Unsung star puts Texas in region final
By BRIAN LANDMAN
Published March 24, 2006
ATLANTA - Kenton Paulino might not get the publicity of many of his teammates, but he showed Thursday night why Texas wouldn't succeed without him.
After West Virginia tied the score on a 3-pointer with five seconds left, the senior guard took a feed from A.J. Abrams on the left wing and beat the buzzer with a 3-pointer of his own for a dramatic 74-71 win in the Sweet 16 at the Georgia Dome.
"A.J. came to my side and I was calling for the ball, and he put it right on the money and I just shot the ball," he said.
Paulino was immediately mobbed by his teammates and even the Texas mascot, although the officials huddled at the scorer's table to see if Paulino had beaten the clock. Even before they ruled, fans and the Longhorns erupted again when the replay showed he had clearly let it go in time.
"I've never hit a game-winner before," he said. "I can remember my junior year when I missed a game-winner at Wake Forest, but I never made a game-winner."
The No. 2-seeded Longhorns (30-6) will make their third trip to the region final and play No. 4-seeded LSU on Saturday.
"I'm just glad shot went in; I haven't really thought about the importance," Paulino said. "I'm just living the moment."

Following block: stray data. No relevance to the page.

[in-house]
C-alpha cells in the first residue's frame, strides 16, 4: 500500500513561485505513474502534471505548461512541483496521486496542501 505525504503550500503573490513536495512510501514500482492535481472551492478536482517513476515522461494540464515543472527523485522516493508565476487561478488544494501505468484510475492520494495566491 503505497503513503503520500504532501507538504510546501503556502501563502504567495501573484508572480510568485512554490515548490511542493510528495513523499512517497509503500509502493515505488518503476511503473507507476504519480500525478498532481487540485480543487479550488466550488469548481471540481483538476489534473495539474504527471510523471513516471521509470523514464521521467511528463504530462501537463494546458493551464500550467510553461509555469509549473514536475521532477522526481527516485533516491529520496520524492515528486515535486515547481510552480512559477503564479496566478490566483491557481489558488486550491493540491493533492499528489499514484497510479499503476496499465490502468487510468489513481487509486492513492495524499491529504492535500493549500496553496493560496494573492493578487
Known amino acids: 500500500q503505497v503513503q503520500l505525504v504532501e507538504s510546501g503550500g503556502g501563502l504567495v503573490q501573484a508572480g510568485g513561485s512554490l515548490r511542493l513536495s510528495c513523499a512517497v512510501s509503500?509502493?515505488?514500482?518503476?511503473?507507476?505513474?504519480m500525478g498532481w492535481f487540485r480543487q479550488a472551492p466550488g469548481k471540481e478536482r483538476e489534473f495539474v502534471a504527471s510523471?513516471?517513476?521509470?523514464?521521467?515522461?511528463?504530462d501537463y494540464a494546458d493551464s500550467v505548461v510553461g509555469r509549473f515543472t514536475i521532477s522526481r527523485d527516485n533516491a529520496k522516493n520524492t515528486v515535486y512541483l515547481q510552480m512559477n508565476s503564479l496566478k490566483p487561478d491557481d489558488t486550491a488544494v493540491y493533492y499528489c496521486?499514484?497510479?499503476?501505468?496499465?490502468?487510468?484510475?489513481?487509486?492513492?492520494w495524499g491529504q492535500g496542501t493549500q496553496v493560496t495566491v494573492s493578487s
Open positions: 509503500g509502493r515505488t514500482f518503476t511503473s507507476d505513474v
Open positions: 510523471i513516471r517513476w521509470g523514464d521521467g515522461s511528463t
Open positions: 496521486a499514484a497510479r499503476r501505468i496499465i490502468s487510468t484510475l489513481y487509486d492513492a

Paulino, the team's top 3-point shooter, had made 1-of-6 before his clutch finale. But the Longhorns were in the position to win thanks to the play of sophomore forward LaMarcus Aldridge, who must like going against West Virginia (22-11).
The Longhorns beat West Virginia 76-75 in the Guardians Classic semifinals Nov. 21 when Aldridge scored on a putback with 3.6 seconds left, then blocked senior forward Mike Gansey's layup.
Four months later, Aldridge was again THE force. He hit all eight first-half shots to give Texas a 39-27 lead. He finished with a career-high 26 points and 13 rebounds.
But No. 6-seeded West Virginia opened the second half with a 10-1 run to get back into the game and regained the lead for the first time since midway through the first half by doing what it does best.
The Mountaineers, who entered second in the nation in 3-pointers (10.1), tied it, then took a 61-58 lead on back-to-back long-range shots from senior center Kevin Pittsnogle and Gansey with 7:20 left.
Coach Rick Barnes "always talks about wanting to be out there, play all day and all night, just loving the game," Texas junior forward P.J. Tucker said. "You dream about being here when you're a kid and being in these type of situations, so you've got to just love it and live it. If we would have gone into eight overtimes, we would have stayed out there and fought all night. Our team just didn't want to lose."
Neither did the Mountaineers. After Aldridge made 1 of 2 free throws with 13.9 seconds left, Pittsnogle hit a 3 from the top of the key over Aldridge. That set the stage for Paulino.
"We told them that we were going to switch everything (defensively) and if they score, we've got to get it back in and run it at them," Barnes said. "We got as good a look as we could probably get."